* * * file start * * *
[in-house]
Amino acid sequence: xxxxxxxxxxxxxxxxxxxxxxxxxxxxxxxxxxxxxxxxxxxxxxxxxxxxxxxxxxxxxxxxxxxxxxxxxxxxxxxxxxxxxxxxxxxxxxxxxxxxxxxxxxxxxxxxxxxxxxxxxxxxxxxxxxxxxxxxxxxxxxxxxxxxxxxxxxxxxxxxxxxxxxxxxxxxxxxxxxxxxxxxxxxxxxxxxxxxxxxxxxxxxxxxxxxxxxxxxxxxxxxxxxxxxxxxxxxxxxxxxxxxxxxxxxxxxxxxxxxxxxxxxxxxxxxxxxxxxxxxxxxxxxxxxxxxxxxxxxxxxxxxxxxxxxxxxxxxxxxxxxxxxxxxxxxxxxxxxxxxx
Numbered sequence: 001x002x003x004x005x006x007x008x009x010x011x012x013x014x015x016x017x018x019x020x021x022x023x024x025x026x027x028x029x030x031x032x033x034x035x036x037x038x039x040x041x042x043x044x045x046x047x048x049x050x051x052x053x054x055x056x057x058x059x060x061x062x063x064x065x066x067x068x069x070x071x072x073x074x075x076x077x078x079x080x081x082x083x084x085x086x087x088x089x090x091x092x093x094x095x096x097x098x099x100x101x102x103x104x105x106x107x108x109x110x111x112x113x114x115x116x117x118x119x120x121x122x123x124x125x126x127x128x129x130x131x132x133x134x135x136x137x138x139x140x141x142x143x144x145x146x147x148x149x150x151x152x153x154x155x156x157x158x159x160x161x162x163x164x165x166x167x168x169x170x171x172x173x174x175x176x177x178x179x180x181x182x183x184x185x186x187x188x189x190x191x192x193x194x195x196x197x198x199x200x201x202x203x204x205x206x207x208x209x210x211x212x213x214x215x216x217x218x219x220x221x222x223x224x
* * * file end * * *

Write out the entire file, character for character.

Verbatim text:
[in-house]
Amino acid sequence: xxxxxxxxxxxxxxxxxxxxxxxxxxxxxxxxxxxxxxxxxxxxxxxxxxxxxxxxxxxxxxxxxxxxxxxxxxxxxxxxxxxxxxxxxxxxxxxxxxxxxxxxxxxxxxxxxxxxxxxxxxxxxxxxxxxxxxxxxxxxxxxxxxxxxxxxxxxxxxxxxxxxxxxxxxxxxxxxxxxxxxxxxxxxxxxxxxxxxxxxxxxxxxxxxxxxxxxxxxxxxxxxxxxxxxxxxxxxxxxxxxxxxxxxxxxxxxxxxxxxxxxxxxxxxxxxxxxxxxxxxxxxxxxxxxxxxxxxxxxxxxxxxxxxxxxxxxxxxxxxxxxxxxxxxxxxxxxxxxxxx
Numbered sequence: 001x002x003x004x005x006x007x008x009x010x011x012x013x014x015x016x017x018x019x020x021x022x023x024x025x026x027x028x029x030x031x032x033x034x035x036x037x038x039x040x041x042x043x044x045x046x047x048x049x050x051x052x053x054x055x056x057x058x059x060x061x062x063x064x065x066x067x068x069x070x071x072x073x074x075x076x077x078x079x080x081x082x083x084x085x086x087x088x089x090x091x092x093x094x095x096x097x098x099x100x101x102x103x104x105x106x107x108x109x110x111x112x113x114x115x116x117x118x119x120x121x122x123x124x125x126x127x128x129x130x131x132x133x134x135x136x137x138x139x140x141x142x143x144x145x146x147x148x149x150x151x152x153x154x155x156x157x158x159x160x161x162x163x164x165x166x167x168x169x170x171x172x173x174x175x176x177x178x179x180x181x182x183x184x185x186x187x188x189x190x191x192x193x194x195x196x197x198x199x200x201x202x203x204x205x206x207x208x209x210x211x212x213x214x215x216x217x218x219x220x221x222x223x224x